Polls: Likud Would Win Election Despite Majority of Israelis Not Wanting Netanyahu as PM

Former IDF chief Benny Gantz - who is reportedly still weighing his options - could potentially sway the vote, according to the polls, but Likud would still stay in the lead

Prime Minister Benjamin Netanyahu speaks at a ceremony, Jerusalem, December 24, 2018.
Amir Cohen/Reuters

Prime Minister Benjamin Netanyahu's Likud party is expected to receive the most votes in Israel's upcoming election, according to polls published by three main television stations on Tuesday.

The results came a day after the government announced the election will be held early, on April 9. Similar results in April would most likely ensure Netanyahu another term as prime minister.

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The News Company, Channel 10 News and public broadcaster Kan all put Likud at anywhere between 27 and 31 out of 120 Knesset seats, compared to the 30 seats it currently holds. 

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According to the News Company poll, however, 52 percent of Israelis do not want to see Netanyahu carry on to another term. Only 37 percent of respondents to the Kan poll said Netanyahu is the best candidate for prime minister.

Former army chief Benny Gantz, who is reportedly still weighing his options, could potentially sway the vote, according to the polls, but Likud would still stay in the lead.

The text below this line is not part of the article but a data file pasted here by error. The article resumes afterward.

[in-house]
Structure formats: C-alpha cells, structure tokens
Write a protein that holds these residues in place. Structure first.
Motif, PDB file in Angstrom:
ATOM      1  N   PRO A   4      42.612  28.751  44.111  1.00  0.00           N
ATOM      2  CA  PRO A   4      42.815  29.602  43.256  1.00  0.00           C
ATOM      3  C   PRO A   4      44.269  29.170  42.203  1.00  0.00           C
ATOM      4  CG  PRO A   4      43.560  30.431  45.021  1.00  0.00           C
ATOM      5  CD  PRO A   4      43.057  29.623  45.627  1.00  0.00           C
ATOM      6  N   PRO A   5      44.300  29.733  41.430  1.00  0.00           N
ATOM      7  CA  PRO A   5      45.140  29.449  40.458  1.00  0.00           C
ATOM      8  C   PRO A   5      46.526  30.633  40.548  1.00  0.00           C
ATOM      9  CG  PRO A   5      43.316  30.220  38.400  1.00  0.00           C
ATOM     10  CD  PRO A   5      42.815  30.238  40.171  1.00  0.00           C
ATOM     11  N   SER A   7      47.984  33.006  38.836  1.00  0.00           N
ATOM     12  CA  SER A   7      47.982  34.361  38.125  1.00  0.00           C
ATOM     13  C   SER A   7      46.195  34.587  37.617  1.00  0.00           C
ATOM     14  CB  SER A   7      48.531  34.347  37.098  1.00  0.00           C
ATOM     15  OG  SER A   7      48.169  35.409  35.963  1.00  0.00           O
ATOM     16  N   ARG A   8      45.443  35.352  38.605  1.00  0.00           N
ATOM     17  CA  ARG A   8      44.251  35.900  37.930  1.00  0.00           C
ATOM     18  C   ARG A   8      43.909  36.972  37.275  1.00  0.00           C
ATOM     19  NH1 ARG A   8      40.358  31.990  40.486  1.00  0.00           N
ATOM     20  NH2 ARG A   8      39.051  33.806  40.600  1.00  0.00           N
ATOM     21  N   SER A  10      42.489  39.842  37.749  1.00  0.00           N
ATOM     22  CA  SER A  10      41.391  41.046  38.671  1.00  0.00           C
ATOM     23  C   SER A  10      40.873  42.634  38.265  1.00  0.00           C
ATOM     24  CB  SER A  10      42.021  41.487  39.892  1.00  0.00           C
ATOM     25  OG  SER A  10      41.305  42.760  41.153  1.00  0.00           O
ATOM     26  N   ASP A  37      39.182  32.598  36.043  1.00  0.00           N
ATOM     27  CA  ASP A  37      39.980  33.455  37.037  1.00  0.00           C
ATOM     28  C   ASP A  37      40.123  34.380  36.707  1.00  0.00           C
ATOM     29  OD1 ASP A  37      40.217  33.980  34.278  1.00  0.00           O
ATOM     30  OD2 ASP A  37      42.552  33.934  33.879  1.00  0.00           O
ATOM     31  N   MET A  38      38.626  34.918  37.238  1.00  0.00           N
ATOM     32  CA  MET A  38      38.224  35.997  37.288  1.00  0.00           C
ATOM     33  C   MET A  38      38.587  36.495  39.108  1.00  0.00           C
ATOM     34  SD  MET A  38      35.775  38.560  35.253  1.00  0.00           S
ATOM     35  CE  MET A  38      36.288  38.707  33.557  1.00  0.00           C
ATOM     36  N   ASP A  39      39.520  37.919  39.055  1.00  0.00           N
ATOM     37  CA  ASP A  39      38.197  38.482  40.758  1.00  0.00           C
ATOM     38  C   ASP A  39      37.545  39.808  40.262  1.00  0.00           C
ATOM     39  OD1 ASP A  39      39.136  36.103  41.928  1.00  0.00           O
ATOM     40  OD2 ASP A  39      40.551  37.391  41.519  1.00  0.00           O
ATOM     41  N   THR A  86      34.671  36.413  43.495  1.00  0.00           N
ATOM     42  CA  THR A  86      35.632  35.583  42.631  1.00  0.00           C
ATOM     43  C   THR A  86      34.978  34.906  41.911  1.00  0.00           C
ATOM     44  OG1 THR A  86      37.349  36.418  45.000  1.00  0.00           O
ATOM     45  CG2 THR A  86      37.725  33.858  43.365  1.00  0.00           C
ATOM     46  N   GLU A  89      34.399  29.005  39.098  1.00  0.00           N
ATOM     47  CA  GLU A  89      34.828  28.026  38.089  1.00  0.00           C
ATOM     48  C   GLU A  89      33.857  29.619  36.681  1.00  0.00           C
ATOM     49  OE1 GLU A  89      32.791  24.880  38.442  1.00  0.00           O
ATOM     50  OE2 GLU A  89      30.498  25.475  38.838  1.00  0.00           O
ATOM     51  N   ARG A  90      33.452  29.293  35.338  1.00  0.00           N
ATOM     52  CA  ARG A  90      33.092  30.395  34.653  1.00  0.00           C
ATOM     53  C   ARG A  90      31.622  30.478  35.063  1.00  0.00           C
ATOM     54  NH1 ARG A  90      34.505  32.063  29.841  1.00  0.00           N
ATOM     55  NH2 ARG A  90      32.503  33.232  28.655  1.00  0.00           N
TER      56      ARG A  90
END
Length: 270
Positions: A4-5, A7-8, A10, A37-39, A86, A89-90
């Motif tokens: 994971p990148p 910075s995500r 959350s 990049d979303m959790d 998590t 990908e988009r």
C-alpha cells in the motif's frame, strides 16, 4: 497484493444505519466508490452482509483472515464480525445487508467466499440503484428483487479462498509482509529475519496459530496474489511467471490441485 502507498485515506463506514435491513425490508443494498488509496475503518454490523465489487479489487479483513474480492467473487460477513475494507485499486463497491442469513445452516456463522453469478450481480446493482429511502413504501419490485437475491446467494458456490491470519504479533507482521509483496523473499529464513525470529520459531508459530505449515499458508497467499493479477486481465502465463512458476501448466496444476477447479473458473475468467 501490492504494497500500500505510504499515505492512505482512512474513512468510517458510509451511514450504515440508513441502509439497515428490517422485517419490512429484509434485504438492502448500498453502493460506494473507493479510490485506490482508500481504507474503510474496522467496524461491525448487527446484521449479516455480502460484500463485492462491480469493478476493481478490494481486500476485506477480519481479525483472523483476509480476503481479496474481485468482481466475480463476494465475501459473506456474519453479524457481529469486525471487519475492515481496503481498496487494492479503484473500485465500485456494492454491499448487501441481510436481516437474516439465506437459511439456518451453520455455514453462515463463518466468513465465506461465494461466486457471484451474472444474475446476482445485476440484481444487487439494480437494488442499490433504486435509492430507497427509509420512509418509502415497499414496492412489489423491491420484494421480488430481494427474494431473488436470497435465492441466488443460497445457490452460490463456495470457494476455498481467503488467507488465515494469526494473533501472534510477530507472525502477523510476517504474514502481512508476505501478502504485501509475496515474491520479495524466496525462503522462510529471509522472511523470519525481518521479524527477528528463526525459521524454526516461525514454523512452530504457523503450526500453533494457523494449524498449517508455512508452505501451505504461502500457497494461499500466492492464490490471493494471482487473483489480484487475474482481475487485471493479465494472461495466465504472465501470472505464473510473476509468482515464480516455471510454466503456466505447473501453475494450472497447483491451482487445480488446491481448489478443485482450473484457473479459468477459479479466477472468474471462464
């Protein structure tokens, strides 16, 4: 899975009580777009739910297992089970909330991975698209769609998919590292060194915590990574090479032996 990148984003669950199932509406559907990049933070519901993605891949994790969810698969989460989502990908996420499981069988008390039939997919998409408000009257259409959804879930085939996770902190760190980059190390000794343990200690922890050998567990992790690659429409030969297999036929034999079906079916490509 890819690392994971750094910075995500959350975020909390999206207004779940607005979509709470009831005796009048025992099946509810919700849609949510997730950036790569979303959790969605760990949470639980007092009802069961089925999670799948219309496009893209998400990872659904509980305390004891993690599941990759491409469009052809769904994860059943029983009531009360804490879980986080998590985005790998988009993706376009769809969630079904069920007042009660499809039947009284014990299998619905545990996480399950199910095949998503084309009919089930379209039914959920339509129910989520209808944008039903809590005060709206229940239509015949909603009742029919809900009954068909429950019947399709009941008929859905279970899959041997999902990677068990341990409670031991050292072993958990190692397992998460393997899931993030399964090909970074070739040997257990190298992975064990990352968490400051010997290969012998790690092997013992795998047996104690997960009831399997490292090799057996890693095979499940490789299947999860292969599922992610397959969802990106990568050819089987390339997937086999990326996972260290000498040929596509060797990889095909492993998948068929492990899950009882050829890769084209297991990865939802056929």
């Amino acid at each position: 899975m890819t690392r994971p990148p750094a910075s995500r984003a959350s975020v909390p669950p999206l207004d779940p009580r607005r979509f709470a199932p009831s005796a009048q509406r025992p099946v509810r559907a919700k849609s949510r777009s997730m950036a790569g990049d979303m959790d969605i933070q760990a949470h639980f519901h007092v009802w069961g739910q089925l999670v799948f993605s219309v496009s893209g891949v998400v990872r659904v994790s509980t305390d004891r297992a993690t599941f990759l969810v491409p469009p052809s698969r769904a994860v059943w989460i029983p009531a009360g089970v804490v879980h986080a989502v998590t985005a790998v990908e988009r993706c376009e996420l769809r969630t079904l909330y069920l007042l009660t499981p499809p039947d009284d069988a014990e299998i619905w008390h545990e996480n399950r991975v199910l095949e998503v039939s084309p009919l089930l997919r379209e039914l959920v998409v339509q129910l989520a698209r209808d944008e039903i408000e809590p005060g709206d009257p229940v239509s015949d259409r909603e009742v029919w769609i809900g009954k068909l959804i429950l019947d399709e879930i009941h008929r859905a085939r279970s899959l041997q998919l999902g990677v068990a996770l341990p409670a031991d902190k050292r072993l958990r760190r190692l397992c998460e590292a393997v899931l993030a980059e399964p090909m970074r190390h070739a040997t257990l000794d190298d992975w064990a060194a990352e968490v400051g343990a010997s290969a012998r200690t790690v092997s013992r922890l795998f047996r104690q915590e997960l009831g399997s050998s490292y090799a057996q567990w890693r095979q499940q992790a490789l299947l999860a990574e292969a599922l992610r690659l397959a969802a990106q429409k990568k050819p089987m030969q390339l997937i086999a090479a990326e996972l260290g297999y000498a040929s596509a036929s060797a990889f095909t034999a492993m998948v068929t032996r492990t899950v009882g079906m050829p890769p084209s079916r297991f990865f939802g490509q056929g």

If Gantz headed a new party, he would win over 16 seats, according to the News Company poll. The Channel 10 poll set the amount at 15, while Kan projected 10 seats.

The News Company poll put a Gantz-Zionist Union joint list at 25 seats. If Gantz would joint forces with Yair Lapid's Yesh Atid, however, the two would receive 26 seats, according to the Channel 10 poll, which may put them at close competition with Likud.

Yesh Atid sans Gantz would get between 11 and 13 seats. The party currently holds 11 Knesset seats. Opposition party Zionist Union, currently at 24 seats, crashed in the polls to only nine to 11 seats. 

Polls predicted that the Joint Arab List, comprising of several Arab-majority parties, would largely maintain its 13-seat Knesset presence, with 12 to 13 seats.

Among coalition parties, right-wing Habayit Hayehudi, headed by Education Minister Naftali Bennett, was predicted to receive nine to 12 seats, up from its current eight. Finance Minister Moshe Kahlon's Kulanu is down from its current 10 seats to five to seven. Former Defense Minister Avigdor Lieberman's Yisrael Beiteinu, which quit the coalition but not the Knesset and still holds five seats, would win anything between four and seven seats.

Ultra-Orthodox party Shas is predicted to lose several of its seven seats, with polls putting it at four to six seats. United Torah Judaism is predicted to gain a seat, bringing it from six to seven.

Orli Levi-Abekasis, who was elected into the Knesset on a Yisrael Beiteinu ticket but resigned from Lieberman's party and established an independent one, Gesher, is predicted to get four to six seats.

Left-wing opposition party Meretz, which currently holds five seats, is expected to regain some of its power, with polls predicting five to seven seats.